I am returning to a low carb life after a 12 month eating orgy (turn 52, dump alcoholic boyfriend, quit smoking, fall in love, plan a wedding, get married and dive right into the holidays with new family and watch 10 lbs appear like magic! LOL) A favorite LC comfort food that really satisfies is my Almond-BlueBerry Breakfast Pudding.
Whisk together 1/4 C fine almond meal, 2 T water, 1 whole egg, 1-2 pkts Splenda to taste, 2-3 T frozen blueberries (I like the wild because of their small size and intense flavor), and 1/4 tsp. vanilla in a small ramekin or custard dish. I spray it lightly with Canola oil for ease of cleaning but it's up to you. Microwave for 1 minute, Fold outer mixture to center and microwave for another 45 - 60 sec. Let it set for 1 minute and Enjoy! Another single serve dish that is elegant enough for company is eggplant vegetable stacks. lightly brush a 1/2" thick slice of eggplant, one large portabella mushroom, a thick slice of tomato, thin slice of onion, and a slice of zucchini with a little olive oil, salt and pepper and garlic and grill or broil until slightly browned and crisp/tender. Then literally stack the slices one on top of the other. You can sprinkle a little parmesean or gorgonzola between one or two of the layers. Top with a slice of Provolone cheese. Secure the stack with a toothpick or skewer and Microwave or return to grill just long enough to melt the cheese a little. To make them look really cool for a party, instead of a skewer, use a sprig of fresh rosemary. They look awesome and smell heavenly!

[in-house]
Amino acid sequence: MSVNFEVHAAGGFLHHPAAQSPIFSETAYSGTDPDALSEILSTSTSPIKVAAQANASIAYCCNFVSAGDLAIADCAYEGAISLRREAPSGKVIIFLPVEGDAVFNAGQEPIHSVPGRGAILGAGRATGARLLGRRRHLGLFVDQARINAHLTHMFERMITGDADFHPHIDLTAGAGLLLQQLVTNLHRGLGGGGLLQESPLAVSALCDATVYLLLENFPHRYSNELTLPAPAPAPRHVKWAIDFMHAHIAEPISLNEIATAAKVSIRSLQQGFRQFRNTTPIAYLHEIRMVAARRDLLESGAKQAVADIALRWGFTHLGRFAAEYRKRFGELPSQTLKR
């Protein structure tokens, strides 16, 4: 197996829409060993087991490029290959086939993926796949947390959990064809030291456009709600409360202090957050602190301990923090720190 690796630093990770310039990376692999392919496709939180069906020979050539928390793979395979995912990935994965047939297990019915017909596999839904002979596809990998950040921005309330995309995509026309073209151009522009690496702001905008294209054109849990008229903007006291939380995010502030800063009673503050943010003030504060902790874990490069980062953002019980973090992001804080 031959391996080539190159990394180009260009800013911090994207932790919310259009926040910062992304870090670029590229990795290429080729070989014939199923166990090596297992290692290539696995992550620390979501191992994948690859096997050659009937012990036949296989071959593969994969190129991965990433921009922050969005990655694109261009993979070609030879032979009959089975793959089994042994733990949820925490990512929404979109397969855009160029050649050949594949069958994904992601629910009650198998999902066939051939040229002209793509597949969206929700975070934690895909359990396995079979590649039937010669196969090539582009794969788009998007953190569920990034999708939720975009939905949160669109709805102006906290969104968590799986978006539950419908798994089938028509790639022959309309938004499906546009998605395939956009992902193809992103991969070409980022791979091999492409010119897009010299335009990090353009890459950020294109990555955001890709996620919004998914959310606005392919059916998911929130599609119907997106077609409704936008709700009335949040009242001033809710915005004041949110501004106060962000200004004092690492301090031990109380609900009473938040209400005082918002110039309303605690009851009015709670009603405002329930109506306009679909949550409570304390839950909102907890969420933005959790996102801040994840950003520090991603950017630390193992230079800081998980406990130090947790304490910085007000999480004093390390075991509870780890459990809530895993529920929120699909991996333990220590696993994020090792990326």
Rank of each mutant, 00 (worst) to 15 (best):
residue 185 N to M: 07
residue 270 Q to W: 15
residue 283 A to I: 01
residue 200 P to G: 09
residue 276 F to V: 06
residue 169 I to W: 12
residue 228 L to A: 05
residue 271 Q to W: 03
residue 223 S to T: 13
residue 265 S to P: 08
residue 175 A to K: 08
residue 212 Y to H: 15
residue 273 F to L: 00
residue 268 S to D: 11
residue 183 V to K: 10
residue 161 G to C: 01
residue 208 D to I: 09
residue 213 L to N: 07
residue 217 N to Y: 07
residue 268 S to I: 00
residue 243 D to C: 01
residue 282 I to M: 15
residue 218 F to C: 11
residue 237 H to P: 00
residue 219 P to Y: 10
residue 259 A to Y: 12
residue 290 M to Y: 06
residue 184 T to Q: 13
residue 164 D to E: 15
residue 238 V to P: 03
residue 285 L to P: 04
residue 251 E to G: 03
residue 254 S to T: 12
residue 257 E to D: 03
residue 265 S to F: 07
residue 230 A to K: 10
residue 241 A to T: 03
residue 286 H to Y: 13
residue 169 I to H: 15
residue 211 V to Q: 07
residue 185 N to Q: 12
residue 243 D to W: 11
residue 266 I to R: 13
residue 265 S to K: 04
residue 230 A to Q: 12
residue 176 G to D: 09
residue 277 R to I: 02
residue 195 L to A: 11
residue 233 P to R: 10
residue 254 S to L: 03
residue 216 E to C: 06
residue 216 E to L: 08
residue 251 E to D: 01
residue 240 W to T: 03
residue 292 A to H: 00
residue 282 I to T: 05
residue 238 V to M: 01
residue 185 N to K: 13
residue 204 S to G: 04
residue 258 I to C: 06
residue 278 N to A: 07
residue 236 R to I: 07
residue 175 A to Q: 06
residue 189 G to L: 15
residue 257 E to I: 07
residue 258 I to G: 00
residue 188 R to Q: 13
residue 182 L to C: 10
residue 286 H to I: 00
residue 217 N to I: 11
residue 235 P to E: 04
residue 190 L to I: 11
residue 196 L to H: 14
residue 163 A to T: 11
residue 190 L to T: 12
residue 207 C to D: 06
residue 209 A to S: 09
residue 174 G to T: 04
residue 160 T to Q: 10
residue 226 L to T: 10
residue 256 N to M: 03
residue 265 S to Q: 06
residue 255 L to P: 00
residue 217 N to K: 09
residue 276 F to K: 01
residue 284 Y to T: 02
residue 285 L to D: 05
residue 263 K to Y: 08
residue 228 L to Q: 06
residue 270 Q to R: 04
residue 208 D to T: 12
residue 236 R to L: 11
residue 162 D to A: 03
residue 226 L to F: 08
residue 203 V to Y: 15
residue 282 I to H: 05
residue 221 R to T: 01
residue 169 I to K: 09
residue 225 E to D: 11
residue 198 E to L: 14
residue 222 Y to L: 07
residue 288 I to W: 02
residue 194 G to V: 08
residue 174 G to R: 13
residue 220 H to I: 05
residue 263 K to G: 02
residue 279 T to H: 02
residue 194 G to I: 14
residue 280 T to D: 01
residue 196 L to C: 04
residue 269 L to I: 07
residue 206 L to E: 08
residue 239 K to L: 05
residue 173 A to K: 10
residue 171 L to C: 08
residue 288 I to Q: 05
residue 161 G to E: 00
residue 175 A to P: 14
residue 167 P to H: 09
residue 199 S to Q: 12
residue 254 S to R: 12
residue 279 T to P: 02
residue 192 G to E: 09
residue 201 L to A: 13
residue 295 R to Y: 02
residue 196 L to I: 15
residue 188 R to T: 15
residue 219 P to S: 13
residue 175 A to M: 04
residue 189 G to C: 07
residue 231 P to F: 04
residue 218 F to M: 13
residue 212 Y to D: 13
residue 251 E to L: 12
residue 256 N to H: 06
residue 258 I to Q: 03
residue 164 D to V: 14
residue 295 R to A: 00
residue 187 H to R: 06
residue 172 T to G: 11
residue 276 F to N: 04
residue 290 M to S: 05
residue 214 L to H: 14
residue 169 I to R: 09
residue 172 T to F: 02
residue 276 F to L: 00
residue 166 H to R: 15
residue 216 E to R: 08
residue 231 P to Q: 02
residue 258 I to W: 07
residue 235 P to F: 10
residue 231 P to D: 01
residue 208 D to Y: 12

January 5, 20080 found this helpful

Thanks for all the hints you've shared. Over the Holidays I gained 4 lbs, but have lost them as of today! Reached my goal of losing 40 lbs, but am now aiming to lose 5-10 more, just to have a cushion. Gone from a size 18-20 down to a 14! Yipee! Am donating most of my larger clothes except for a couple of jeans to work in the yard/house. Exercise has been at a minimum due to the snow and cold, but do make sure to go up & down 2 staircases daily several times. Shoveling and chopping ice did count as exercise. Still cleaning out the cellar and donating cans of food I no longer chose to eat. Again, many thanks to all.


Add your voice! Click below to answer. ThriftyFun is powered by your wisdom!

In This Page
< Previous
Food and Recipes Recipes Dieting Low CarbJune 19, 2007
St. Patrick's Ideas!
Valentine's Ideas!
Birthday Ideas!
Better LivingBudget & FinanceBusiness and LegalComputersConsumer AdviceCoronavirusCraftsEducationEntertainmentFood and RecipesHealth & BeautyHolidays and PartiesHome and GardenMake Your OwnOrganizingParentingPetsPhotosTravel and RecreationWeddings
Published by ThriftyFun.
Desktop Page | View Mobile
Disclaimer | Privacy Policy | Contact Us
Generated 2024-02-04 14:37:39 in 4 secs. ⛅️️
© 1997-2024 by Cumuli, Inc. All Rights Reserved.